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Clementine, a blood spattered young girl in winter clothes holding an axe, on the cover of Clementine Book One. Behind her are images of mountains, herself as a younger child, and snarling zombies. Image: Tillie Walden/Skybound

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The Walking Dead and queer coming-of-age collide in Tillie Walden’s Clementine

From the Telltale games to the blossoming world of queer YA graphic novels

Since releasing her debut comic The End of Summer in 2015, Tillie Walden has become one of the most prolific, influential, and awarded cartoonists of our time. She’s created some of the most affecting and powerful comics of this century, from her sprawling queer science fiction epic On a Sunbeam to the intimate autobiography of Spinning.

In that same span, comics and graphic novels about queer people — especially YA titles — have become ever more prominent and popular. In 2021 book shops sold 30,698,081 comics, more than 2019 and 2020 combined. That means more people than ever are buying and reading comics. Over the years, queer graphic novel bestsellers like This One Summer, Gender Queer, The Witch Boy, and They Called Us Enemy have began to appear on the bestseller list with more regularity.

Webcomics have long been a space for queer stories, but the massive Kickstarter success of Ngozi Ukazu’s Check, Please!the second volume of which went on to become an NYT bestseller paved the way for even more queer stories, including the massive print success of Webtoons like Lore Olympus (featuring multiple queer characters) and Heartstopper (gay romance), NYT bestsellers both. Beyond literary publishers and webcomics, DC Comics has published an abundance of DC original graphic novels which have examined, celebrated, and highlighted queer heroes in a way that we’ve rarely seen in the main universes of big two comics.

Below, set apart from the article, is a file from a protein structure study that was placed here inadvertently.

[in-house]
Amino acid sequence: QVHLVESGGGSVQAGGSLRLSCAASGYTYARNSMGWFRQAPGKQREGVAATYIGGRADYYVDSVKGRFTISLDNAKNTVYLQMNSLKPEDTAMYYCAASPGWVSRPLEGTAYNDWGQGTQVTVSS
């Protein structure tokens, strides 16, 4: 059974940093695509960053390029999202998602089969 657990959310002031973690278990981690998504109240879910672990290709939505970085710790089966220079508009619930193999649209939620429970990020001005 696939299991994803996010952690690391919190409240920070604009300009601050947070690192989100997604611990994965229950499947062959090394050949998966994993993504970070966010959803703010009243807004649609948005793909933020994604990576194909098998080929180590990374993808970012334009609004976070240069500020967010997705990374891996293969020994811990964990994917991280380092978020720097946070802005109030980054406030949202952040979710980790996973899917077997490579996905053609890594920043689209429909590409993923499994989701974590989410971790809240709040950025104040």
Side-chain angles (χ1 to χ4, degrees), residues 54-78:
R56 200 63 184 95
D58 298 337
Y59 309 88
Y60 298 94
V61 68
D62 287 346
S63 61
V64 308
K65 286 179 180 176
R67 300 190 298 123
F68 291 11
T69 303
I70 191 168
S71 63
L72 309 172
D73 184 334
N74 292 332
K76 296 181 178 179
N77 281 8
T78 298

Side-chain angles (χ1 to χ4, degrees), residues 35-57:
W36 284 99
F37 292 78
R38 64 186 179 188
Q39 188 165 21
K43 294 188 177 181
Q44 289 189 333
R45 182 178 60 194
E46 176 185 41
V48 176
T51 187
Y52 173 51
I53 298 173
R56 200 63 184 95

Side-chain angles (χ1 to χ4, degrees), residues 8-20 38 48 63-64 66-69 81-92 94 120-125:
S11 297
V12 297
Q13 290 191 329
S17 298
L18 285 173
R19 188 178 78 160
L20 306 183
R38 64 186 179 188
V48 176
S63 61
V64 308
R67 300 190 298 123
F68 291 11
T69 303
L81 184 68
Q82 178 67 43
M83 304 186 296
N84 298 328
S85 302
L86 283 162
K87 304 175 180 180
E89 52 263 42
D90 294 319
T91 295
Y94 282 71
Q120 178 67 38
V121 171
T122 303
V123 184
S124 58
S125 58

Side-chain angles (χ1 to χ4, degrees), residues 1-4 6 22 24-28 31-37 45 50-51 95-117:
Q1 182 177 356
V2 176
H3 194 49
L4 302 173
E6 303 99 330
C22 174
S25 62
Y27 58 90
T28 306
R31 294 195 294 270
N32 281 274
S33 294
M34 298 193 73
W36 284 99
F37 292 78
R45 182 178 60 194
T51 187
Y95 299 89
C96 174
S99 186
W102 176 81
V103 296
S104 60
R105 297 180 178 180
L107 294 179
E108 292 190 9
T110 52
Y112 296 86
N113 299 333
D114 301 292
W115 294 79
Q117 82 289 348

And it’s not a stretch to say that Walden and her catalog have played a key part in this landscape. With the upcoming release of Clementine: Book One, Walden steps into a new world: long-form licensed comics. She talks about taking on the fan-favorite character from Telltale’s Walking Dead video games, her growth alongside the comics industry, and what’s changed since then.


Speaking to Walden over Zoom, her passion for the medium is as clear as her talent. Although, if it wasn’t for two of comics’ most influential figures, we may not have gotten Walden or her comics. Her love affair with the medium began after finding a copy of Buddha by Osamu Tezuka in a New Jersey used-book store while on a visit with her dad. “I loved it!” Walden exclaimed. “When I saw Buddha — the simple line art, the beautiful story, these beautifully rendered backgrounds, and there were also some cute ladies, kids, and adults, and trauma and religion — it just tapped into something deep inside of me.”

Like many of us, manga became her key to unlocking comics, shōnen stories like Dragon Ball Z and YuYu Hakusho were some of Walden’s faves. “Interestingly, I never read a lot of shoujo,” she said. “I’m always curious if other lesbians found shoujo, because shōnen really worked for me and I was a tomboy. But I also think I would have loved shoujo if I’d found it sooner.” And as a teacher at the Center for Cartoon Studies — from where she also graduated — Walden teaches a large shoujo assignment, which has impressed its influence and impact on her. However, she does say with a chuckle that readers shouldn’t expect to see too much of that influence in Clementine.

After Tezuka, the second major influence on bringing Walden to comics was Scott McCloud when, at 16, she attended a workshop with the famed author of Understanding Comics. His kindness and encouragement made a fine art-fatigued Walden decide comics was the route for her. “It was an amazing class,” she said. “And at the end of it, Scott said, ‘I think you’re good at this. I think you should keep it up, kid.’ I was so touched by his encouragement because I was not good at comics. I have since looked at the comic. Not a hint of talent in there. But I was earnest, I cared, and I was young. And he put his belief in me because he was a good teacher and you always put your belief in your students regardless of where they’re at.” It was a life-changing moment. “I went home and started making comics and never stopped.”

A woman looks out of a spaceship window on the cover of On a Sunbeam. Image: Tillie Walden/First Second